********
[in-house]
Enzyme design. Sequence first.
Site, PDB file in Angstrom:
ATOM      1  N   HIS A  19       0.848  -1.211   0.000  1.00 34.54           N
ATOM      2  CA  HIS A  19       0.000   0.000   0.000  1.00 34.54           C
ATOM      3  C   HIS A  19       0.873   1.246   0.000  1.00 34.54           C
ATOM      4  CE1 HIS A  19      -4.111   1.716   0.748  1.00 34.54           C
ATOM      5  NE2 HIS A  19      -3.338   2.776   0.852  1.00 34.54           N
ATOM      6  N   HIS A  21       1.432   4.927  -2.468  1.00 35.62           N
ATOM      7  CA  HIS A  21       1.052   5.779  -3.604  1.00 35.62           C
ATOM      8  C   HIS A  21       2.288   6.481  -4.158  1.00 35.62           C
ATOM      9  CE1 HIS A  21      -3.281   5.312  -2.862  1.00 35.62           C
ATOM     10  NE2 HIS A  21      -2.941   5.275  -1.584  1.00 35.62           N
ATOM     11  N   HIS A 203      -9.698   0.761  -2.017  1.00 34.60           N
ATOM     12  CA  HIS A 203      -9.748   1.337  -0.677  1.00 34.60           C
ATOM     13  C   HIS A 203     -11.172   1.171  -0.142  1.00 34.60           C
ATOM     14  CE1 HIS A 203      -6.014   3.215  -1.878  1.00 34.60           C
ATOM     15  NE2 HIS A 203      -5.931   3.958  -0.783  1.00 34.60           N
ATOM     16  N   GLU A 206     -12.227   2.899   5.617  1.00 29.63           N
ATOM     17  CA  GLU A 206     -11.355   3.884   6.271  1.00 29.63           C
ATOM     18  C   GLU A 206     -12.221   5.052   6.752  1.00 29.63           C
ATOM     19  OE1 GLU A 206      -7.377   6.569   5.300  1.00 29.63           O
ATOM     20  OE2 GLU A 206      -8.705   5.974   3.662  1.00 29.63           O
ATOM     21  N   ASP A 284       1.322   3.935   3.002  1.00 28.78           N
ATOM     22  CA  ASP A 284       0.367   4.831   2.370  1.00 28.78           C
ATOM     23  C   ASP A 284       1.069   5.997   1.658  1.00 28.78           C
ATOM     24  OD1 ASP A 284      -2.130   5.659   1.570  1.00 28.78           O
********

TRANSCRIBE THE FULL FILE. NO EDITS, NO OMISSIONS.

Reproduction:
[in-house]
Enzyme design. Sequence first.
Site, PDB file in Angstrom:
ATOM      1  N   HIS A  19       0.848  -1.211   0.000  1.00 34.54           N
ATOM      2  CA  HIS A  19       0.000   0.000   0.000  1.00 34.54           C
ATOM      3  C   HIS A  19       0.873   1.246   0.000  1.00 34.54           C
ATOM      4  CE1 HIS A  19      -4.111   1.716   0.748  1.00 34.54           C
ATOM      5  NE2 HIS A  19      -3.338   2.776   0.852  1.00 34.54           N
ATOM      6  N   HIS A  21       1.432   4.927  -2.468  1.00 35.62           N
ATOM      7  CA  HIS A  21       1.052   5.779  -3.604  1.00 35.62           C
ATOM      8  C   HIS A  21       2.288   6.481  -4.158  1.00 35.62           C
ATOM      9  CE1 HIS A  21      -3.281   5.312  -2.862  1.00 35.62           C
ATOM     10  NE2 HIS A  21      -2.941   5.275  -1.584  1.00 35.62           N
ATOM     11  N   HIS A 203      -9.698   0.761  -2.017  1.00 34.60           N
ATOM     12  CA  HIS A 203      -9.748   1.337  -0.677  1.00 34.60           C
ATOM     13  C   HIS A 203     -11.172   1.171  -0.142  1.00 34.60           C
ATOM     14  CE1 HIS A 203      -6.014   3.215  -1.878  1.00 34.60           C
ATOM     15  NE2 HIS A 203      -5.931   3.958  -0.783  1.00 34.60           N
ATOM     16  N   GLU A 206     -12.227   2.899   5.617  1.00 29.63           N
ATOM     17  CA  GLU A 206     -11.355   3.884   6.271  1.00 29.63           C
ATOM     18  C   GLU A 206     -12.221   5.052   6.752  1.00 29.63           C
ATOM     19  OE1 GLU A 206      -7.377   6.569   5.300  1.00 29.63           O
ATOM     20  OE2 GLU A 206      -8.705   5.974   3.662  1.00 29.63           O
ATOM     21  N   ASP A 284       1.322   3.935   3.002  1.00 28.78           N
ATOM     22  CA  ASP A 284       0.367   4.831   2.370  1.00 28.78           C
ATOM     23  C   ASP A 284       1.069   5.997   1.658  1.00 28.78           C
ATOM     24  OD1 ASP A 284      -2.130   5.659   1.570  1.00 28.78           O